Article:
Staff Report

Ryan Goldstein heard it in the team talk the day before the Pennsylvania Interscholastic Athletic Association Championships. Truth be told, it had been said plenty in and around the Radnor lacrosse huddle all year. But on the eve of the finale, the message from assistant coach Mark Petrone resonated more deeply than ever.

The best players, Goldstein relayed Saturday, play their best when the best is needed.

Saturday, Goldstein and Radnor were the best they’ve been all year … and consequently the best in Pennsylvania.

Goldstein tallied two goals and five assists, the Cornell commit putting on a show to lead Radnor’s offense to a 10-2 win over Kennett in the PIAA Class 3A final.


The championship is the second for Radnor, which also won in 2015. It complements a regular-season crown in the Central League in a 23-2 season.

Goldstein was at the forefront, as he has been all season. He supplied three assists in the first quarter as Radnor ran out to a 4-0 lead in eight minutes. He set up Damien Ramondo’s (High Point) second goal in the second quarter, then dipped his shoulder to snap off a high shot under the bar with 1:44 left to half to make it 7-2 Radnor at the break.

“We knew that if we played our style of lacrosse, it would be a good day for us,” Goldstein said. “And we came out with everyone ready to play, and it worked out well for us.”

Goldstein helped Radnor pile on. In a rugged third quarter, he set up the only marker, feeding Jack Murphy for a man-up, step-down rip. Goldstein then called his own number eight seconds into the fourth, again on the man-advantage, by sneaking the cage, pump-faking and flicking home a high shot.

“Ryan’s everything you could ask for in a player,” Radnor All-American defender Grant Pierce (Big 4 HHH / Fairfield) said. “He’s unselfish, he’s a great kid and he knows how to win lacrosse games and take control He knows when to pull it out and when to push it. Ryan’s an extraordinary player.”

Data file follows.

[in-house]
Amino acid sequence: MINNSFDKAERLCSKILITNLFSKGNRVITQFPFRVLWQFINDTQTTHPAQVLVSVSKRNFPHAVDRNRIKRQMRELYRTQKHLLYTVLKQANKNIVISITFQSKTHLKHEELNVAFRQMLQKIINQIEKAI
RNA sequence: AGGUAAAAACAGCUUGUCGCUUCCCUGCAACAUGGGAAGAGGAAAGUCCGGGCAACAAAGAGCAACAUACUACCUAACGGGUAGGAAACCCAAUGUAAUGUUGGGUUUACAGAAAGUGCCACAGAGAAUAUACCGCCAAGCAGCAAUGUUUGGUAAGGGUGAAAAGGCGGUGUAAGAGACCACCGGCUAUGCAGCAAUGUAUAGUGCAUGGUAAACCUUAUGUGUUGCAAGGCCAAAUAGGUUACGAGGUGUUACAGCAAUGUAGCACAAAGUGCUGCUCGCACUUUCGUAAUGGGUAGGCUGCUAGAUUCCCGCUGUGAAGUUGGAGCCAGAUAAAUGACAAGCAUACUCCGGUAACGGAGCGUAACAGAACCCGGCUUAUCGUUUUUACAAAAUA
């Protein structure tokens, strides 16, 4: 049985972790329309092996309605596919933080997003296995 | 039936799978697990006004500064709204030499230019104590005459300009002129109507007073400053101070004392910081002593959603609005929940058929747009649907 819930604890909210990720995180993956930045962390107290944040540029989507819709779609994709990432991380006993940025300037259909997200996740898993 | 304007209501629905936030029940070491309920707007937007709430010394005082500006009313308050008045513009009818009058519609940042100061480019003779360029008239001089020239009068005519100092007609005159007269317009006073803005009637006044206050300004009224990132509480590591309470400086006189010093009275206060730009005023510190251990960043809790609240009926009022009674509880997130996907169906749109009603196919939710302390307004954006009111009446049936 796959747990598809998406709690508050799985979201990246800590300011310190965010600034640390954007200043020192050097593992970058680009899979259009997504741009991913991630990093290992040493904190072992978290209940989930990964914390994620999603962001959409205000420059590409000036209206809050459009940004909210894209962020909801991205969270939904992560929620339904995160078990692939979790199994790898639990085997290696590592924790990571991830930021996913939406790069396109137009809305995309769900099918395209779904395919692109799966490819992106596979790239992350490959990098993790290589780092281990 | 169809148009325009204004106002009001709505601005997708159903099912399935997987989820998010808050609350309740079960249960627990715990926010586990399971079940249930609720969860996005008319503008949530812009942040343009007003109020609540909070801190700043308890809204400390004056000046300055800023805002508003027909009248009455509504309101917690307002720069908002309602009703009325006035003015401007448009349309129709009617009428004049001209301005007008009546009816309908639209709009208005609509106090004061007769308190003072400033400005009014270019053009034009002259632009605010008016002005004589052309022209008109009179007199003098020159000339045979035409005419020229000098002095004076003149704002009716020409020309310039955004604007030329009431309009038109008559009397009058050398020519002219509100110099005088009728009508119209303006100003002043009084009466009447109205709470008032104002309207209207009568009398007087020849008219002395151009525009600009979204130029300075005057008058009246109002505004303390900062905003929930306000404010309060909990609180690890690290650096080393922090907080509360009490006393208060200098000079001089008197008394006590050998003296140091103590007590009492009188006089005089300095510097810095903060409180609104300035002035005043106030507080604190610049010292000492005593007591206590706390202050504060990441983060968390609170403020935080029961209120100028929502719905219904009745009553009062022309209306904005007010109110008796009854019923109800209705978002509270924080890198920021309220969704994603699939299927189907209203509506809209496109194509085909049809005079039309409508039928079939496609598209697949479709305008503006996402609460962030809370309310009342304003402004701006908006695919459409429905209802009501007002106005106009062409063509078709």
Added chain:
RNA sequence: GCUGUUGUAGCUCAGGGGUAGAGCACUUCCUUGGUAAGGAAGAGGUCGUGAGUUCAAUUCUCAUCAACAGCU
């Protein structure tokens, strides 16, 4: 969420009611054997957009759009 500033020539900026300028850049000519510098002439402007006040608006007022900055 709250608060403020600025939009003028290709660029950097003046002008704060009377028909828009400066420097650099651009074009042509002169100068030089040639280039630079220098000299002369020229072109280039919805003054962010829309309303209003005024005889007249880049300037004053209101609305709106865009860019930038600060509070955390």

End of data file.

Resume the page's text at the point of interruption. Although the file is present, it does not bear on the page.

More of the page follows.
Defense Rules The Roost

Pierce and the defense were pretty extraordinary, too. Radnor had beaten Kennett three weeks ago in the third-place game in District 1 by an 11-3 margin, yet somehow managed to be even stingier in the state final. Robert Hobbs (Bowdoin) backed the defense with six saves. But more often than not, the ball never got to the Bowdoin signee in goal. For the season, Radnor allowed just 99 goals in 25 games.

Kennett, with 22 wins and the most successful season in program history, doesn’t lack for talent. The Blue Demons had a steady supply of the ball thanks to Providence commit Richie Hughson (10-for-15 at the X). But their pair of Saint Joseph’s-bound attackman, Sam Forte and Jake Freebery, were shut out.

Zach Hulme and Buzzy Hertz scored consecutive goals in the first half to halve the Radnor lead at 4-2, but that was it offensively. In need of a spark, Kennett couldn’t tip the momentum back in its favor.

“It’s hard,” said Vincent Cresci, a senior defenseman and Harvard signee. “Usually it takes a big play, like a big goal or a big groundball or something like that. We have big-time players that can make plays like that, but we just didn’t get it done today.”